A postcard from ItalyEugen Jost is a Swiss artist whose work is strongly influenced by mathematics. He sent us this Postcard from Italy, telling us about his work and the important roles that nature and numbers play in it.
Looking out for number oneYou might think that if you collected together a list of naturally-occurring numbers, then as many of them would start with a 1 as with any other digit, but you'd be quite wrong. Jon Walthoe explains why Benford's Law says otherwise, and why tax inspectors are taking an interest.
Extracting beauty from chaosImages based on Lyapunov Exponent fractals are very striking. Andy Burbanks explains what Lyapunov Exponents are, what the much misunderstood phenomenon of chaos really is, and how you can iterate functions to produce marvellous images of chaos from simple mathematics.
Computing the Mandelbrot setAlmost everyone reading this article has no doubt encountered pictures from the Mandelbrot Set. Their appeal is not limited to the mathematician, and their breathtaking beauty has found its way onto posters, T-shirts and computers everywhere. Yet what is a fractal?
The origins of proof III: Proof and puzzles through the agesFor millennia, puzzles and paradoxes have forced mathematicians to continually rethink their ideas of what proofs actually are. Jon Walthoe explains the tricks involved and how great thinkers like Pythagoras, Newton and Gödel tackled the problems.
  • New in this issue
  • Ever-increasing standards: a problem of communication?
Mathematical mysteries: Foucault's pendulum and the eclipse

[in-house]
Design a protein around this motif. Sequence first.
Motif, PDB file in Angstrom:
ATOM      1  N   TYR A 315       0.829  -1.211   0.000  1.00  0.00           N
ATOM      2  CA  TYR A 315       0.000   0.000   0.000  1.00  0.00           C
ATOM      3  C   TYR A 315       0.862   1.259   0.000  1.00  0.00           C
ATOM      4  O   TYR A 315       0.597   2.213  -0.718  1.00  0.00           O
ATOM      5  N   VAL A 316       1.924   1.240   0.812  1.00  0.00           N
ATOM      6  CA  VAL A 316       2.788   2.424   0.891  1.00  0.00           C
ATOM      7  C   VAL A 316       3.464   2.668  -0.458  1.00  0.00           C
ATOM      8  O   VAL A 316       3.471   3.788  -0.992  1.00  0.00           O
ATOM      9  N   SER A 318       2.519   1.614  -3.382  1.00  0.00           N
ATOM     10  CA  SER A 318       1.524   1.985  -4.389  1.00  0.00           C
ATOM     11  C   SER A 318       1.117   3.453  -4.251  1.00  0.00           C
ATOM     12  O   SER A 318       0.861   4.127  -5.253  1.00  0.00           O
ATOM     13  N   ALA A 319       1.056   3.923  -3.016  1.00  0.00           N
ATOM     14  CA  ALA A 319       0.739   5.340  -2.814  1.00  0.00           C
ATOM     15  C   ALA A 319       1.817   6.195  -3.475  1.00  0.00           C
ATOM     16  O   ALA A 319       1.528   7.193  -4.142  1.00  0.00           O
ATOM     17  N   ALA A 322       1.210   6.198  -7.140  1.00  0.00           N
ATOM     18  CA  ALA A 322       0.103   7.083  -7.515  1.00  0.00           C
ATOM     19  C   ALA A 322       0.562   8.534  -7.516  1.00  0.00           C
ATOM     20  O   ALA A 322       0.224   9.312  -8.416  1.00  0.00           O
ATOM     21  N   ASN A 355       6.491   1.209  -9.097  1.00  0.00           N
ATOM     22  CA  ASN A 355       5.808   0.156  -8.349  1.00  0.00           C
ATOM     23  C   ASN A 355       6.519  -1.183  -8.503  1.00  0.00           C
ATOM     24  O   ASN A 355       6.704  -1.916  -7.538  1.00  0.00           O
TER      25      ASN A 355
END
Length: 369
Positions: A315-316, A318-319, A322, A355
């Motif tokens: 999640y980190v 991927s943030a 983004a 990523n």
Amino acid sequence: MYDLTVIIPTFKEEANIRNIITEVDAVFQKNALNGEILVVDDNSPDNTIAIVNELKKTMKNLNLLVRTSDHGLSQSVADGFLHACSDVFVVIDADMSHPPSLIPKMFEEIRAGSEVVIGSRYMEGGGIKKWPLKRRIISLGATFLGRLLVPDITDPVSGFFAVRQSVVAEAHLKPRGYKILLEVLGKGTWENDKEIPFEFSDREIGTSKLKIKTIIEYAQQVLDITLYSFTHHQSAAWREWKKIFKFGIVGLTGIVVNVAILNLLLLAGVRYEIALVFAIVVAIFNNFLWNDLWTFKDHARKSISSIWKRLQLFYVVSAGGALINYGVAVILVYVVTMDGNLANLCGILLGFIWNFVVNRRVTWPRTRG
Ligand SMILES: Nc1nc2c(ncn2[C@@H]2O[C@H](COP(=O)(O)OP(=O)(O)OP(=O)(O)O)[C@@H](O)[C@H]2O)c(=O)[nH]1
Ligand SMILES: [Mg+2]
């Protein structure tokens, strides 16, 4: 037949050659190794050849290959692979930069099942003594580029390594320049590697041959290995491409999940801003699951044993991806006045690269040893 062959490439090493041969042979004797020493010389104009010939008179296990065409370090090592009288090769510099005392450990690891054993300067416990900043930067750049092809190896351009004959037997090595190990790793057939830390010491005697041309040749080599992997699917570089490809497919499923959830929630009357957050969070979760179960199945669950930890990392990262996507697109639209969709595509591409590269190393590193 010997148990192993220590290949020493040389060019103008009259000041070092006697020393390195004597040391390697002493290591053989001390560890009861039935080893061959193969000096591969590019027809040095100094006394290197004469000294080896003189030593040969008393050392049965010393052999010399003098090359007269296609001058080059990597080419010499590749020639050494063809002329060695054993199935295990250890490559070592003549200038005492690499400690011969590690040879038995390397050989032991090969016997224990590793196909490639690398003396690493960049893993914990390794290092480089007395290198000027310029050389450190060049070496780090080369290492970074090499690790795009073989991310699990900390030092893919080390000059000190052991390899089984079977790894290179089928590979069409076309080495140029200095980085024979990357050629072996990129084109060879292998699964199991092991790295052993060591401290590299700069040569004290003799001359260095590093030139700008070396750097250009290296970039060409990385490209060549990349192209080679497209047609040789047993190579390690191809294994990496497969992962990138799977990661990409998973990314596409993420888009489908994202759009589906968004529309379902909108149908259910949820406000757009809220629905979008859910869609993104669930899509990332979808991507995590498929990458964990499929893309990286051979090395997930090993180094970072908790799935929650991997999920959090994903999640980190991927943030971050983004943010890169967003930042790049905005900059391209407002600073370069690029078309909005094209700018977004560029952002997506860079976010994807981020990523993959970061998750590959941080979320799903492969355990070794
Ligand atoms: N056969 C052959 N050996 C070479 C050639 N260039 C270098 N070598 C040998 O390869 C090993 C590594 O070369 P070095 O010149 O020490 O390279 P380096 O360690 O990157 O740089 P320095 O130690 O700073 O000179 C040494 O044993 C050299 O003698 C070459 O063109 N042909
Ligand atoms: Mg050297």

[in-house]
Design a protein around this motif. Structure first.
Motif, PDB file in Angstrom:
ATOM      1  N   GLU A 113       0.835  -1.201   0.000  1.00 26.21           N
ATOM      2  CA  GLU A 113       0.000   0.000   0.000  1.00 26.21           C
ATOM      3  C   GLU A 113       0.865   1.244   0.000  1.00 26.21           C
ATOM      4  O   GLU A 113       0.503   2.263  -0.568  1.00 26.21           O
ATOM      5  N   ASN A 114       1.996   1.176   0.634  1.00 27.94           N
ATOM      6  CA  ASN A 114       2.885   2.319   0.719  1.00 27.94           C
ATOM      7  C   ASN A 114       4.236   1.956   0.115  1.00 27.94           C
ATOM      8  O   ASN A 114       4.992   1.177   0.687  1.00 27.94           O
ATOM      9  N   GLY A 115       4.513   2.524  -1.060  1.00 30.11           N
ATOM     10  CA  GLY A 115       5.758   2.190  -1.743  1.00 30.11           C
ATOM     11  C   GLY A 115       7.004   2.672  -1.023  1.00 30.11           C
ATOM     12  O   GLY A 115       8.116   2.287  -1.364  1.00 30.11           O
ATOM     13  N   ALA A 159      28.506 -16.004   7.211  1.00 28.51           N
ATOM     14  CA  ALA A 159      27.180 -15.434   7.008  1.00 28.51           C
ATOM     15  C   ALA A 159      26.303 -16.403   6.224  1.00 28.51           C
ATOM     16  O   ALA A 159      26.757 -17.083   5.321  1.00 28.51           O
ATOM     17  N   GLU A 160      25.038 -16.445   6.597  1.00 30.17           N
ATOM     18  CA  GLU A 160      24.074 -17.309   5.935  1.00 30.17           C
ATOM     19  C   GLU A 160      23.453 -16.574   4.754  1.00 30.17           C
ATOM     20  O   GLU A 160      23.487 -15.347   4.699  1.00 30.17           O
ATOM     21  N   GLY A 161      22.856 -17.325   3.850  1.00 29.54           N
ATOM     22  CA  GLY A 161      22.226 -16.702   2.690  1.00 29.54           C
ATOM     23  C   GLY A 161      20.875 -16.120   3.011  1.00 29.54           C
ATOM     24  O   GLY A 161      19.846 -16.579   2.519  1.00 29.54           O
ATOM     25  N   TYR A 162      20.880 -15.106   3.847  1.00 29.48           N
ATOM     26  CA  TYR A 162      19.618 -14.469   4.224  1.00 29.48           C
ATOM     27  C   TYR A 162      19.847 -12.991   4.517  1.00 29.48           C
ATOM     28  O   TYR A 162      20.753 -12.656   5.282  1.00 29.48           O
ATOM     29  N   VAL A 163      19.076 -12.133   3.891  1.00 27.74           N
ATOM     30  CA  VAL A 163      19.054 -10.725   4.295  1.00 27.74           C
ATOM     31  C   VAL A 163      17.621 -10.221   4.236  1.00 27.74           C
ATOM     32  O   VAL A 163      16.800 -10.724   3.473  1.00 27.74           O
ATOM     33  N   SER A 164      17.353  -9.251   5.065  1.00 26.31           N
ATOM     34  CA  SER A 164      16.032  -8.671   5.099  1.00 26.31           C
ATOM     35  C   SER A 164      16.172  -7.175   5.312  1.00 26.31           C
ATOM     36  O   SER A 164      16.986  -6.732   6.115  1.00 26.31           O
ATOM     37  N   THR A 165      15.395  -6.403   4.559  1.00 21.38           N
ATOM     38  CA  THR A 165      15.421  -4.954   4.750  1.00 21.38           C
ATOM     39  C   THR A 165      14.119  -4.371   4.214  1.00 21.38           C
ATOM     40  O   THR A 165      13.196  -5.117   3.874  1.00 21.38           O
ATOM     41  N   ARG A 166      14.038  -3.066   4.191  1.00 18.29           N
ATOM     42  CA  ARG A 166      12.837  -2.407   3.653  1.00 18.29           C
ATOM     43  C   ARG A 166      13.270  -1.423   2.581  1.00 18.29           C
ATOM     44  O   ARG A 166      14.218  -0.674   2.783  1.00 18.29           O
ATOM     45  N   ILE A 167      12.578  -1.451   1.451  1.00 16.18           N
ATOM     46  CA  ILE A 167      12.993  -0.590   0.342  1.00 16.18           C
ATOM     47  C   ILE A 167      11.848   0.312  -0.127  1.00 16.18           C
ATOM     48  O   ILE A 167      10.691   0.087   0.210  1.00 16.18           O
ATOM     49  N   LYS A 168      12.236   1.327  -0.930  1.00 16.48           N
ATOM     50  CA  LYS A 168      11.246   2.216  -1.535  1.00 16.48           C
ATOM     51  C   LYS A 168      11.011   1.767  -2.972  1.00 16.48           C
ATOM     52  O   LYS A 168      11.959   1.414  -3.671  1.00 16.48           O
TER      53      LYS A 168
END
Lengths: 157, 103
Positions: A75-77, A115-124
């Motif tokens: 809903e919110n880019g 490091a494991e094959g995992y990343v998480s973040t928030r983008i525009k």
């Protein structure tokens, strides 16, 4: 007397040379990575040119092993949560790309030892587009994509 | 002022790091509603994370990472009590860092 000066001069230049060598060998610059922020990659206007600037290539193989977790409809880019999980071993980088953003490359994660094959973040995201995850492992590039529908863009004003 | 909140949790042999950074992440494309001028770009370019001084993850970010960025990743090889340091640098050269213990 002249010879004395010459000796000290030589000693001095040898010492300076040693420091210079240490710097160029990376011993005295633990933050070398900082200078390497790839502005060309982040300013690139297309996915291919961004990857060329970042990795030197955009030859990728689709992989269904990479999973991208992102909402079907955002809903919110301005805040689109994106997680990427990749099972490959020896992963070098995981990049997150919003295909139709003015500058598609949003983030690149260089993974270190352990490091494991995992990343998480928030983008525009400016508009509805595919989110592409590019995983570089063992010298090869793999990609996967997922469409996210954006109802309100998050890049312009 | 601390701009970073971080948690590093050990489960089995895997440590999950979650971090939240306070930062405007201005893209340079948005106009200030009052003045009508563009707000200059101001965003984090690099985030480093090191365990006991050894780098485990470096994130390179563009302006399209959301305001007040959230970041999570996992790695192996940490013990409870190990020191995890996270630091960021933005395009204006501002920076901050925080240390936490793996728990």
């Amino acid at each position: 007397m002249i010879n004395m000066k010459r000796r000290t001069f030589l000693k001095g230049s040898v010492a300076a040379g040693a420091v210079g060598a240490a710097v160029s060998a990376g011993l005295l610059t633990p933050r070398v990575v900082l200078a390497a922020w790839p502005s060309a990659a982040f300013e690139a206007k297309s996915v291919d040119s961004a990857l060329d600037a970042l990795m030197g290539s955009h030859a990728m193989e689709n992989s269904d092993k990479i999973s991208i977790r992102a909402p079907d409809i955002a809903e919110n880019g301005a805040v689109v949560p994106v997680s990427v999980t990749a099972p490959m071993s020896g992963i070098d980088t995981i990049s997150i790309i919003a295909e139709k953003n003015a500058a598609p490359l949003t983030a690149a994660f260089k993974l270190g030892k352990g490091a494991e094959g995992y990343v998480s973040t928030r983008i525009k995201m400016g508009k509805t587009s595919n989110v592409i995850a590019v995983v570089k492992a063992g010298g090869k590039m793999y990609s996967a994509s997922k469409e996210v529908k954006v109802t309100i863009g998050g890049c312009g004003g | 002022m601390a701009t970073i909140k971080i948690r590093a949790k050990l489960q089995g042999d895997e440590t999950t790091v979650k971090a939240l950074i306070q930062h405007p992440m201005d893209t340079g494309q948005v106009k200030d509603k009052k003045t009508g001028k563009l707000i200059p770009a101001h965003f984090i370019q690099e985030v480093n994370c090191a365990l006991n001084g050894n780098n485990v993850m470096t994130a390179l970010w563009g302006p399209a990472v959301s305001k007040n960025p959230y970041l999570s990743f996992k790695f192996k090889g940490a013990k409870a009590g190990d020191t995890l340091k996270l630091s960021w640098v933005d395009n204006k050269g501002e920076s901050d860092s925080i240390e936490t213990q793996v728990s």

You may have seen Foucault's pendulum. There's one in the Science Museum in London (part of the National Museum of Science and Industry), and there are many more in various locations around the UK (for instance, in Glasgow) and the world (including one at the United Nations Headquarters and a famous example at Le Panthéon in Paris).

The origins of proof II : Kepler's proofsJohannes Kepler (1571-1630) is now chiefly remembered as a mathematical astronomer who discovered three laws that describe the motion of the planets. J.V. Field continues our series on the origins of proof with an examination of Kepler's astronomy.
  • Darkened skies
  • Interesting times
  • Want facts and want them fast? Our Maths in a minute series explores key mathematical concepts in just a few words.

  • What do chocolate and mayonnaise have in common? It's maths! Find out how in this podcast featuring engineer Valerie Pinfield.

  • Is it possible to write unique music with the limited quantity of notes and chords available? We ask musician Oli Freke!

  • How can maths help to understand the Southern Ocean, a vital component of the Earth's climate system?

  • Was the mathematical modelling projecting the course of the pandemic too pessimistic, or were the projections justified? Matt Keeling tells our colleagues from SBIDER about the COVID models that fed into public policy.

  • PhD student Daniel Kreuter tells us about his work on the BloodCounts! project, which uses maths to make optimal use of the billions of blood tests performed every year around the globe.